Following the lineage of great storytellers, in this book from 1960 Clarice Lispector exhibits absolute mastery of this brief narrative form. Bringing together a total of 13 stories, some previously written and published in the press and in anthologies, Family Ties guaranteed the writer the Jabuti literary award in 1961.
Aware that the short story is the “mysterious brother to poetry,” a kind of “snail of language,” according to Julio Cortázar, Clarice abducts and relentlessly invades the reader with an accumulation of feelings and vignettes that, together, open up to broader realities. Like a magnet, she drags you inside the urban and domestic daily lives from which emerge—as always in her writing—the intimate nature of people and things, the nerve of beings, their infinitudes and more unsuspecting domains. All of this, according to her, “sewing on the inside” the imaginary circle where her characters and their organizing logic are located.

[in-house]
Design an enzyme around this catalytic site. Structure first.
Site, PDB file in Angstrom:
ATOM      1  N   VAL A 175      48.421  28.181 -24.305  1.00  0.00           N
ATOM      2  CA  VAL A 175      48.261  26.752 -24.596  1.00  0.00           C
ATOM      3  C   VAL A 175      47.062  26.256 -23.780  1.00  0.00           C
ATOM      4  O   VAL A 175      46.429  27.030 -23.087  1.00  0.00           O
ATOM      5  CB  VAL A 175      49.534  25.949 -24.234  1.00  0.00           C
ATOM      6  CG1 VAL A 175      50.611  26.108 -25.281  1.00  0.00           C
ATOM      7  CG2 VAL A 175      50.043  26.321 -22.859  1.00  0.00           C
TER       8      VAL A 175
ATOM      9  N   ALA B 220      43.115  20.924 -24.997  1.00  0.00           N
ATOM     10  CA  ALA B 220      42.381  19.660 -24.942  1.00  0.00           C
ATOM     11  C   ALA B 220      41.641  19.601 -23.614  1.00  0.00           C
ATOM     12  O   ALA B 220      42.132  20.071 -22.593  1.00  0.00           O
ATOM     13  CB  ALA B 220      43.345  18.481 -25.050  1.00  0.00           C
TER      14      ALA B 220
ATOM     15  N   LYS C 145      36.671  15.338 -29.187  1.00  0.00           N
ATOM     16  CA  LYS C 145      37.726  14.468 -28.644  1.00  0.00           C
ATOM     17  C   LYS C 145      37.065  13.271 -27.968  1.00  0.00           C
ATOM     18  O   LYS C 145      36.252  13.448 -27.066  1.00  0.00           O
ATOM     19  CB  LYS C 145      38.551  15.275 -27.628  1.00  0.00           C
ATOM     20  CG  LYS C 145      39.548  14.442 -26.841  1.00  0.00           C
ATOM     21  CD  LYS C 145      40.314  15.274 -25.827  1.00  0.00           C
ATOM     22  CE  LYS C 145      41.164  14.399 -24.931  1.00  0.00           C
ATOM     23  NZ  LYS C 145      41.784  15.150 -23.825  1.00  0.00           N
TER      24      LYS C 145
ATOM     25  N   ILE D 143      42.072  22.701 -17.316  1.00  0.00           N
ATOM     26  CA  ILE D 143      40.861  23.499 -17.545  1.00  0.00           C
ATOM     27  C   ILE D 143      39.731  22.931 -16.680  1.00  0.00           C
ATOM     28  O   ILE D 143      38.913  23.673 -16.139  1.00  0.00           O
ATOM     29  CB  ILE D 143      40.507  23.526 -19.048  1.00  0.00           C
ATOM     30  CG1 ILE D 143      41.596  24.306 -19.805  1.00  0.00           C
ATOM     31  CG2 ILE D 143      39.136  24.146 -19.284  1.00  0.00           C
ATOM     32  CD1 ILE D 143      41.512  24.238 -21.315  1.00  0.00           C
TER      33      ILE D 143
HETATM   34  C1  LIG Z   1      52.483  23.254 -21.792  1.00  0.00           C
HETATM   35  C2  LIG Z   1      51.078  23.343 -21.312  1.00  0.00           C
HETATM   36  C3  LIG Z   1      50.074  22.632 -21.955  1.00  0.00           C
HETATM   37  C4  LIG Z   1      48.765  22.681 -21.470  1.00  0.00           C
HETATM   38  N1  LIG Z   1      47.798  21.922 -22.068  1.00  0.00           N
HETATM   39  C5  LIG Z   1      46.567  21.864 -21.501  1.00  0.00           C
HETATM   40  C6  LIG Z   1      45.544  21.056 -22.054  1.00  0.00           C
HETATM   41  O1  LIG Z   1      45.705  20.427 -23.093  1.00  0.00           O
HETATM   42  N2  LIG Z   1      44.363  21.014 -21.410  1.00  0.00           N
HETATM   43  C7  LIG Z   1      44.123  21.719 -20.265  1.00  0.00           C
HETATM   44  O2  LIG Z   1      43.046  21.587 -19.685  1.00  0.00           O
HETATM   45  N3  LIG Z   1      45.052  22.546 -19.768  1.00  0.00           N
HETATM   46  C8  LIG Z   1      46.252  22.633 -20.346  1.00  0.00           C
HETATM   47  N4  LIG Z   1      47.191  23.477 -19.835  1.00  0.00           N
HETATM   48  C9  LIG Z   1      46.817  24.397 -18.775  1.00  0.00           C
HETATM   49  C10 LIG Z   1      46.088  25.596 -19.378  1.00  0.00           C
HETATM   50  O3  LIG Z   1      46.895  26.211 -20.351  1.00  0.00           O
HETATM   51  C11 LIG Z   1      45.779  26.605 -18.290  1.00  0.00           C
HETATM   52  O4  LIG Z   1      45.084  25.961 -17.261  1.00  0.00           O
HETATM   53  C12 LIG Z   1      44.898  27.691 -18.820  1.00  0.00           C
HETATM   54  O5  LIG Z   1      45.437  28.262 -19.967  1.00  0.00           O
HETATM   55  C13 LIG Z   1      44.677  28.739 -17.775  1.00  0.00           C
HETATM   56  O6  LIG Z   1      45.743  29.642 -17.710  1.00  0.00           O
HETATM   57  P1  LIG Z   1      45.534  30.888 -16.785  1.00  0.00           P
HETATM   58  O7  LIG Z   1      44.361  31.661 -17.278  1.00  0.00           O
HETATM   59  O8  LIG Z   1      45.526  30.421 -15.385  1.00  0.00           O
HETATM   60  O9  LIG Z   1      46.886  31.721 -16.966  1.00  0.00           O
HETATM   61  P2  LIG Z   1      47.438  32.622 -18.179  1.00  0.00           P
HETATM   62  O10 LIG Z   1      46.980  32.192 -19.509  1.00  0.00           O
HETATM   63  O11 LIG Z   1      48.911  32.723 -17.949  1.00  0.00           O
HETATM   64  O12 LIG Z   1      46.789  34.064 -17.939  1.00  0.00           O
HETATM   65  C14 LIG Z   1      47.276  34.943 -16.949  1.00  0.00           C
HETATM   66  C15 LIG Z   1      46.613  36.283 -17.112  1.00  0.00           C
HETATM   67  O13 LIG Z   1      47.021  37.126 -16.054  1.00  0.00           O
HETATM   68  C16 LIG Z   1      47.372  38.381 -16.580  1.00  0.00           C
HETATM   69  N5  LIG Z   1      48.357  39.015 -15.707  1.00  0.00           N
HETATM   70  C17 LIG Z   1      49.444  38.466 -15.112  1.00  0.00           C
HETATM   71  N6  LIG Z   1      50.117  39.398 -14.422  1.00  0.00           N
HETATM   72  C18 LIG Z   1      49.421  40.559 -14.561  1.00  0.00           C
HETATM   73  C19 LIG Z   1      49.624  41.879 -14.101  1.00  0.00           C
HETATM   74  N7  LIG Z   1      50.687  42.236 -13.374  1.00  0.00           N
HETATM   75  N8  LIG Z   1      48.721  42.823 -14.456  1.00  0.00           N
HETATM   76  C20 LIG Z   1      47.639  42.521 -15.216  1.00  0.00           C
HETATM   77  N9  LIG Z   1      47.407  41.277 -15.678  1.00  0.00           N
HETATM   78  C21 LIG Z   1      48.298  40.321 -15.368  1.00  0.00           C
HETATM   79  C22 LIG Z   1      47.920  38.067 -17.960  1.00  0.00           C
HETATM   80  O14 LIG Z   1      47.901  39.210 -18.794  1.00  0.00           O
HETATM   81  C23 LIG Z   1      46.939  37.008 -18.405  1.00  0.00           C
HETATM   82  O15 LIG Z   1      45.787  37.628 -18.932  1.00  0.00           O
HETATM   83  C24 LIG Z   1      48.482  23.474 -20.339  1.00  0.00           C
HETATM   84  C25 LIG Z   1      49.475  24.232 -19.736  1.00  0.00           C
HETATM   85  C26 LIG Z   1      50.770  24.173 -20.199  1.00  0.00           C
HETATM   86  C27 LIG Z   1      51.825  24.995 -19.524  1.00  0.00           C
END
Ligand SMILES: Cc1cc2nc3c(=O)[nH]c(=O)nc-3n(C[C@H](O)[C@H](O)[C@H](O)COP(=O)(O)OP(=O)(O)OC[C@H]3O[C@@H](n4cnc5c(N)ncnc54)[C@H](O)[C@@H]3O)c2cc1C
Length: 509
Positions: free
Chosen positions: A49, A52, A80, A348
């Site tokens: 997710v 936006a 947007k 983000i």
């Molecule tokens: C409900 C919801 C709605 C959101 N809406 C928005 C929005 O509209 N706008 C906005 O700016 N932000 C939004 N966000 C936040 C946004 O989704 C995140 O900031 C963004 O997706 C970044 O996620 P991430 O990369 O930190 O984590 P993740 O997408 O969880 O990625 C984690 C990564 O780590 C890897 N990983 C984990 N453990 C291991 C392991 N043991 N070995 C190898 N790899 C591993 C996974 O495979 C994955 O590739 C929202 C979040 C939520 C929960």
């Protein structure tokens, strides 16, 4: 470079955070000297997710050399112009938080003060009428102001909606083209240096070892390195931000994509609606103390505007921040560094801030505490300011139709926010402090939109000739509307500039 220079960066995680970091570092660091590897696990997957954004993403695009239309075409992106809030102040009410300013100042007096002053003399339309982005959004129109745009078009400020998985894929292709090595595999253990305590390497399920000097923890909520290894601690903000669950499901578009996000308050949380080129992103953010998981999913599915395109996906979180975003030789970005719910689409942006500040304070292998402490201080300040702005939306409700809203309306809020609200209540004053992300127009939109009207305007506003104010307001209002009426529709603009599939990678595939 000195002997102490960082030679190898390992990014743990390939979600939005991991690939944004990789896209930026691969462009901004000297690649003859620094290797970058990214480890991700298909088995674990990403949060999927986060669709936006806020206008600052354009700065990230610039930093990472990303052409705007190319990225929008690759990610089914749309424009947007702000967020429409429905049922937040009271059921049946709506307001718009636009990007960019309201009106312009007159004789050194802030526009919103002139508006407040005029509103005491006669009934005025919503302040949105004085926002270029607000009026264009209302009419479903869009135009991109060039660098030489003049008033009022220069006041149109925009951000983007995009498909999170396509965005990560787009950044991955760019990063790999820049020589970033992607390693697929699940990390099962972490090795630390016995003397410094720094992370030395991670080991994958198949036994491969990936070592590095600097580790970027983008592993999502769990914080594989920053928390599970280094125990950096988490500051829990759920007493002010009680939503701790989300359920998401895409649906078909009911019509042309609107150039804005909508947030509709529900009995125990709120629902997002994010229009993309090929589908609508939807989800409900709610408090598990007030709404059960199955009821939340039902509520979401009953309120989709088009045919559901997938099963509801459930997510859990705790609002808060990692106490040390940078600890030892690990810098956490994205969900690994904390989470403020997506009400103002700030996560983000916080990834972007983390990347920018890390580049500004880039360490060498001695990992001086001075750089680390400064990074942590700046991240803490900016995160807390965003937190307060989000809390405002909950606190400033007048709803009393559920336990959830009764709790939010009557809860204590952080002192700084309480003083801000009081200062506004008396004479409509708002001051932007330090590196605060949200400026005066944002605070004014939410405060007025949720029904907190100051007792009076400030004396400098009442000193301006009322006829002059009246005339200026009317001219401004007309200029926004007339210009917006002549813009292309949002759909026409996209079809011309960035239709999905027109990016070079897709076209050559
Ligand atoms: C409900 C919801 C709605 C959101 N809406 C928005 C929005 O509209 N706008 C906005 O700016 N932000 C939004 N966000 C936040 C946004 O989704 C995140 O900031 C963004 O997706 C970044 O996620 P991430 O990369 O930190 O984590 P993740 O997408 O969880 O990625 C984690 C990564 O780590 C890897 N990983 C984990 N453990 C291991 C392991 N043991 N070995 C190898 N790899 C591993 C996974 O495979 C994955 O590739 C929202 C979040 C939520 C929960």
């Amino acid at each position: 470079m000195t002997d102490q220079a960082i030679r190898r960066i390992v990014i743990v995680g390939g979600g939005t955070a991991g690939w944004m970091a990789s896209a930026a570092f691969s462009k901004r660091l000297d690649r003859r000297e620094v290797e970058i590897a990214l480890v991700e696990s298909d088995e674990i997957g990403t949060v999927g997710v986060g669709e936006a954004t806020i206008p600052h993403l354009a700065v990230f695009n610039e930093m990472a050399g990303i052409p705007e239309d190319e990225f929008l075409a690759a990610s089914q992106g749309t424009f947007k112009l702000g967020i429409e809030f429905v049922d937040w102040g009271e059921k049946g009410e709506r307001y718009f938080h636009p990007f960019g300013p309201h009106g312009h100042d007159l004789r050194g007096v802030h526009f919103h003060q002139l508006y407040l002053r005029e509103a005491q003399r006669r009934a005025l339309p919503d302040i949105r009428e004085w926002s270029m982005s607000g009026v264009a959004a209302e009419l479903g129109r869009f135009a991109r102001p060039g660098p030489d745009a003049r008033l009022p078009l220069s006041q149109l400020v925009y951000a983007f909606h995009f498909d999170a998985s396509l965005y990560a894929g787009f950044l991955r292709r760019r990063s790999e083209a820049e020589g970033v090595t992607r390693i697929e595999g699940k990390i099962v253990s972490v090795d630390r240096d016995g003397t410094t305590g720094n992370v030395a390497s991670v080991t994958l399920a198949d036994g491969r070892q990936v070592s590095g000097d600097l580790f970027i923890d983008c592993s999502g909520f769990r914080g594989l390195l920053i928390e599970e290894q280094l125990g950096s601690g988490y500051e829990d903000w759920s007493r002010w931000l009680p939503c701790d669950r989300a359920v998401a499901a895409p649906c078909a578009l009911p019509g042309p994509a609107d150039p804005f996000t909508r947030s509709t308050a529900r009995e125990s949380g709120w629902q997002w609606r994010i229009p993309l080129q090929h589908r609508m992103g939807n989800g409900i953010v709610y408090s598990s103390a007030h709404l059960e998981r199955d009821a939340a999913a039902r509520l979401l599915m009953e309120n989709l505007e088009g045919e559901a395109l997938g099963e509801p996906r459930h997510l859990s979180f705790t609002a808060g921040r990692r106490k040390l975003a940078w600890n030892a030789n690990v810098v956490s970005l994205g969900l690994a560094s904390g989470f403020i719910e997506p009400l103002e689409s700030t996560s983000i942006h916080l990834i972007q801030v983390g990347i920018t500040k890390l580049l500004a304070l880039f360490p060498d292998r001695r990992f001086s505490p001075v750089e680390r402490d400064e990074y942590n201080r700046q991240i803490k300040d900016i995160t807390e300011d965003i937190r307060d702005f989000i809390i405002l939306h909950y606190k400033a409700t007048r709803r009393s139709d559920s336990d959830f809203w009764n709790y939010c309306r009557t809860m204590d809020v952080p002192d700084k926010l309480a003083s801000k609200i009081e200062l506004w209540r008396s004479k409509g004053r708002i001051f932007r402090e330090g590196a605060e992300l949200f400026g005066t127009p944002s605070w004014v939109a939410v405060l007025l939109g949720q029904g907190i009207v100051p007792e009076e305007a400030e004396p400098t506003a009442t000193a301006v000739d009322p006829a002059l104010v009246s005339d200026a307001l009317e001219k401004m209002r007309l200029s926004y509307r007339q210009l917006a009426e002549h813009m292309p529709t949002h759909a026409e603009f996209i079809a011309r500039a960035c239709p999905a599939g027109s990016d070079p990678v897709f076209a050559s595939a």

In each of the tales of Family Ties, Clarice’s writing project creates and consolidates an extraordinarily expressive landscape sustained by the force of a discourse that often seems to escape the limits of fiction itself to enter the field of philosophical essay.
The state of permanent attention provoked by the fact that Lispector’s narratives focus on the most insignificant, the intensity of gestures and words – or the lack thereof – is asserted as one of the structuring traits of her writing. The tiny and the epiphanic, the excessive and the amazing, the way the obvious and the commonplace are formulated and the insistent questioning about the state of the world can be taken as small clues or paths for reading these family ties, for critics the best work ever produced through the vocation and talent of the storyteller that Clarice Lispector revealed herself to be.